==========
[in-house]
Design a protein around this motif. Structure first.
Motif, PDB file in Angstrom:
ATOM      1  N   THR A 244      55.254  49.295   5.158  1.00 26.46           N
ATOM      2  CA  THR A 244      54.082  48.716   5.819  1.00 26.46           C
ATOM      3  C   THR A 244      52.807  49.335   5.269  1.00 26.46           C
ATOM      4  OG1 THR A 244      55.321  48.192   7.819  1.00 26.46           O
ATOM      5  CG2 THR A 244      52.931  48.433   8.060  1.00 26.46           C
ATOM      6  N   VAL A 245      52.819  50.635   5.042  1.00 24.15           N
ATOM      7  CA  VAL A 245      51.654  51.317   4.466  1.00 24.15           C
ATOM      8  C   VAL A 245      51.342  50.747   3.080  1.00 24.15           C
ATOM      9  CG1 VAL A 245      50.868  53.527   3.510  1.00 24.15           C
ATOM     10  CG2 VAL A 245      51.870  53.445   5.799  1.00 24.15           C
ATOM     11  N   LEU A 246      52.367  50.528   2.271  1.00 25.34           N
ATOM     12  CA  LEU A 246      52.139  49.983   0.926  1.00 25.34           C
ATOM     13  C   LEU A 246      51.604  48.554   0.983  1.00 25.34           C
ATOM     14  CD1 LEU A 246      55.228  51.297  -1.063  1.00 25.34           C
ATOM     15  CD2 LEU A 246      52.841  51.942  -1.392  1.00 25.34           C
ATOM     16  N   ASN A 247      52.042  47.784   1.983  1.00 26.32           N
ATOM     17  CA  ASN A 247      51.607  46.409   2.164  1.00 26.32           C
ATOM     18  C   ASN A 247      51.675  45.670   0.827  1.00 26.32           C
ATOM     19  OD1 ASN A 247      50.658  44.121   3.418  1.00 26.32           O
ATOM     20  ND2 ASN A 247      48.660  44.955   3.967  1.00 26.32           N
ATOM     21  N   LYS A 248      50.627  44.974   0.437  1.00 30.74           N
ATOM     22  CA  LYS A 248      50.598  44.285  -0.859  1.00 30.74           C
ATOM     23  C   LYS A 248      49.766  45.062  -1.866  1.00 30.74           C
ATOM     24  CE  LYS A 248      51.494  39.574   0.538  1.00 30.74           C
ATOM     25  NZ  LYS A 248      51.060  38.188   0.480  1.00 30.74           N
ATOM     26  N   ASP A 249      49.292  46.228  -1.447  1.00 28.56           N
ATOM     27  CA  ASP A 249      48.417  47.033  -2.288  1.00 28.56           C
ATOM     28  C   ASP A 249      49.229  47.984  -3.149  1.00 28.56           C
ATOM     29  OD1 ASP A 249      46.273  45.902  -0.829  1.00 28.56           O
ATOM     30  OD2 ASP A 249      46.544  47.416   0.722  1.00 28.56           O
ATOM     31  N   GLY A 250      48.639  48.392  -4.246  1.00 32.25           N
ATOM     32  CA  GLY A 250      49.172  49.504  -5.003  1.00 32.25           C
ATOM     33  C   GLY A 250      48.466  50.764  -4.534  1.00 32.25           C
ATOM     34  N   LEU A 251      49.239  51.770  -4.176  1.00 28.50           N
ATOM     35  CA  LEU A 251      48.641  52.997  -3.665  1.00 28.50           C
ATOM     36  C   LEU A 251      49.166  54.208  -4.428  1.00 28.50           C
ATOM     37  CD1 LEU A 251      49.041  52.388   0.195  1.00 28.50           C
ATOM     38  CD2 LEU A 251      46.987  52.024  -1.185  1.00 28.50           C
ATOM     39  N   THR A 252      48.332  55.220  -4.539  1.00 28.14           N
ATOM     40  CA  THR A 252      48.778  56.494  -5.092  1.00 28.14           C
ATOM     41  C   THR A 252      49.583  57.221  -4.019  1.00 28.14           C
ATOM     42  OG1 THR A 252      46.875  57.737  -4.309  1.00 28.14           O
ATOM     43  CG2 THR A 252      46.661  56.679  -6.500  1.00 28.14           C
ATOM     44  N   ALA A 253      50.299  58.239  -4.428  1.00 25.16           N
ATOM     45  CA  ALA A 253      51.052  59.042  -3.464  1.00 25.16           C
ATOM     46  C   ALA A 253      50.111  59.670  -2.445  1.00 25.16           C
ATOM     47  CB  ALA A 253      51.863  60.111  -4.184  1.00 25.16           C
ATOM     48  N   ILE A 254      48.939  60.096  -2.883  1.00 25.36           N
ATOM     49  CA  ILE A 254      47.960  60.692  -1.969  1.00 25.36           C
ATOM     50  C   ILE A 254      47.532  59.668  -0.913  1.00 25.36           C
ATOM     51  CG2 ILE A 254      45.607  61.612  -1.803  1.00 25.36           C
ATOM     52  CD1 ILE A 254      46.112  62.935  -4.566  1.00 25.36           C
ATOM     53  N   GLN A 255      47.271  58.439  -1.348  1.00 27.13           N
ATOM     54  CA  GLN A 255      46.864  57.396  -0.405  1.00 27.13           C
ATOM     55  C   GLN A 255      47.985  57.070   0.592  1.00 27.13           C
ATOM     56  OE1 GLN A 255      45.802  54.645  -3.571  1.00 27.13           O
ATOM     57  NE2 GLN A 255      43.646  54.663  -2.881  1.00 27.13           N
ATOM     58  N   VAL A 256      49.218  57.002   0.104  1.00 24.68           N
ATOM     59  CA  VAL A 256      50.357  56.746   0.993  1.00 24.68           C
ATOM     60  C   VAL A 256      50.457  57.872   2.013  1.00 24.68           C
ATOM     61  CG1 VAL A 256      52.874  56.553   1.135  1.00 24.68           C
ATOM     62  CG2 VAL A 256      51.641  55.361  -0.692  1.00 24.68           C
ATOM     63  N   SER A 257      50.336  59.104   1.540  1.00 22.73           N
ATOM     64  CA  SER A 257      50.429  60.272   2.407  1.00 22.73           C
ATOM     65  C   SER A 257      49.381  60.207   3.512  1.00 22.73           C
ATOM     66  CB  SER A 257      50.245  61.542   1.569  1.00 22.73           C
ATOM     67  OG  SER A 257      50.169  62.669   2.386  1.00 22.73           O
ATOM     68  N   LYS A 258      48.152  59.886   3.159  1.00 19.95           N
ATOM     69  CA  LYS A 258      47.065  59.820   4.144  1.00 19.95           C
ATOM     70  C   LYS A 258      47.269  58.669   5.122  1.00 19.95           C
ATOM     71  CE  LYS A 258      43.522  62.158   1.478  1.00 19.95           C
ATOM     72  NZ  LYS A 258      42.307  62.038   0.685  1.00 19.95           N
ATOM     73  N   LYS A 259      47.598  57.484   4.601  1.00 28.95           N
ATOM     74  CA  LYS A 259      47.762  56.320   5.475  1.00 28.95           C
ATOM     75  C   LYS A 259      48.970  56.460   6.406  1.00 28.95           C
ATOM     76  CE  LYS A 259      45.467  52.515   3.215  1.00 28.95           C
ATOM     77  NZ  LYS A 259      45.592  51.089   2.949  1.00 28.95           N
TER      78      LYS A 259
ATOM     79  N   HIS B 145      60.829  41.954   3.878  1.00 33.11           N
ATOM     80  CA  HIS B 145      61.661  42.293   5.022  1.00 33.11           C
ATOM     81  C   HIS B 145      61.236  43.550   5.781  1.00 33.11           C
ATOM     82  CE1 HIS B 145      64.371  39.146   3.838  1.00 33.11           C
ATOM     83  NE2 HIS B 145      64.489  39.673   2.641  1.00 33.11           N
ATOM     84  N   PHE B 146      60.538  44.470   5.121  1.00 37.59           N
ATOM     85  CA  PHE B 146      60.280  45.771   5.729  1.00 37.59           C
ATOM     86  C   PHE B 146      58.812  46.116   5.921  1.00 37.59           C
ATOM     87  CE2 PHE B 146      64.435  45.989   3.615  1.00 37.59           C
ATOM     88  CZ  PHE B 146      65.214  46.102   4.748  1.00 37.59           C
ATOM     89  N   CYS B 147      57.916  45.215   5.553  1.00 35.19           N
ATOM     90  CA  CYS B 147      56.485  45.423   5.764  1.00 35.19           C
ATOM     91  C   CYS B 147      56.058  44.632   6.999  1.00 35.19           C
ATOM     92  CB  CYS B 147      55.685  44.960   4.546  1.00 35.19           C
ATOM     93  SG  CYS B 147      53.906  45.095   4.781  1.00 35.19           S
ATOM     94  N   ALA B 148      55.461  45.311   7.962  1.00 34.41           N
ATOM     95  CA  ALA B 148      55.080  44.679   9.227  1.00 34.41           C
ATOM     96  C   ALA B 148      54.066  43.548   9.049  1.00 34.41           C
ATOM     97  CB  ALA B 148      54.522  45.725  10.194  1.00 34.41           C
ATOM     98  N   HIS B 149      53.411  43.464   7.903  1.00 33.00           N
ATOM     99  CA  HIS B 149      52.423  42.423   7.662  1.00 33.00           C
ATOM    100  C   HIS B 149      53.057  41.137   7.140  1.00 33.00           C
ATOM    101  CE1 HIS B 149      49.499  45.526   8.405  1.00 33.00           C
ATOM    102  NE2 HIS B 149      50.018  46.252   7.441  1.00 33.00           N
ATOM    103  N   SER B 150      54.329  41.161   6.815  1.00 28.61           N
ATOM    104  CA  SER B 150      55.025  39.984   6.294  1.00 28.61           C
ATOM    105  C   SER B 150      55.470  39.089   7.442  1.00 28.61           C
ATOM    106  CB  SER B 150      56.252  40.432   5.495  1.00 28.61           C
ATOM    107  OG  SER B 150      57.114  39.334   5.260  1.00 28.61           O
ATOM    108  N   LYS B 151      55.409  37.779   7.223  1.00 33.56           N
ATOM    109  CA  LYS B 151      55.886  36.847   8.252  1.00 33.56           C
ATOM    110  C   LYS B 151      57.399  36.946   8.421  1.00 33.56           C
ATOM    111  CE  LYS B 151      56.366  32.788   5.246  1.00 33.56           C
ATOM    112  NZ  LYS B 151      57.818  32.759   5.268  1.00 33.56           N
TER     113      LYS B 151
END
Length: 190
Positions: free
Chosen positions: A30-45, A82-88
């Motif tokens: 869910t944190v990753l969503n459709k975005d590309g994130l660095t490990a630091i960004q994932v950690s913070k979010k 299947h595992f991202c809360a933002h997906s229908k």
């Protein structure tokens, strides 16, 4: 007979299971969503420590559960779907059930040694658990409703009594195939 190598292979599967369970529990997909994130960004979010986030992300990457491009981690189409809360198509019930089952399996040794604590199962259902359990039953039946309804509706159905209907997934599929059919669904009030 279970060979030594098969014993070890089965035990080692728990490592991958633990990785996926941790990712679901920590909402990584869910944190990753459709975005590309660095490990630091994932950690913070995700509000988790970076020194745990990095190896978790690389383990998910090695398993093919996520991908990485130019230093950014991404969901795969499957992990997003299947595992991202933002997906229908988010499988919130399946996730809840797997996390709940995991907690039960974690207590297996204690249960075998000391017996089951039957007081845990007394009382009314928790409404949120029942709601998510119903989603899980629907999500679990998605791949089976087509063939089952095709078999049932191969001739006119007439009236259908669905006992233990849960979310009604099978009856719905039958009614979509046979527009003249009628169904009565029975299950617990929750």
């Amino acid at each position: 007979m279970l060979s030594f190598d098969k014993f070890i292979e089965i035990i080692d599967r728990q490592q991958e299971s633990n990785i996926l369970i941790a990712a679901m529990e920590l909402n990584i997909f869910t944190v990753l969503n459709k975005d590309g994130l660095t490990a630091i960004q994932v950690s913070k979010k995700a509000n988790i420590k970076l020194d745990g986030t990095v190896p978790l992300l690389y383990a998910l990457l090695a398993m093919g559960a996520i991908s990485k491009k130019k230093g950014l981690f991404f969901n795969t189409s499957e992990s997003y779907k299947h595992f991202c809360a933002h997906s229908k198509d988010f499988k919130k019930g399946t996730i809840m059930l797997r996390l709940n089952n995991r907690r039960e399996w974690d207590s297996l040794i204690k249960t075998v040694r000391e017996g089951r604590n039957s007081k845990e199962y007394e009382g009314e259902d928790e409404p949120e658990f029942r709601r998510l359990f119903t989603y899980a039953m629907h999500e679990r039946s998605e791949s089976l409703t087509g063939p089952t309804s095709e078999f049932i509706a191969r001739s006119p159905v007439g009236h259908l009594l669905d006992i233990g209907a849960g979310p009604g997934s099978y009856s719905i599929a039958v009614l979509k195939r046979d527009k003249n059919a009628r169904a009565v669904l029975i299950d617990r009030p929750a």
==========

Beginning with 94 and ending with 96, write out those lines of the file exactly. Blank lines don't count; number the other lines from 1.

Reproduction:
ATOM     91  C   CYS B 147      56.058  44.632   6.999  1.00 35.19           C
ATOM     92  CB  CYS B 147      55.685  44.960   4.546  1.00 35.19           C
ATOM     93  SG  CYS B 147      53.906  45.095   4.781  1.00 35.19           S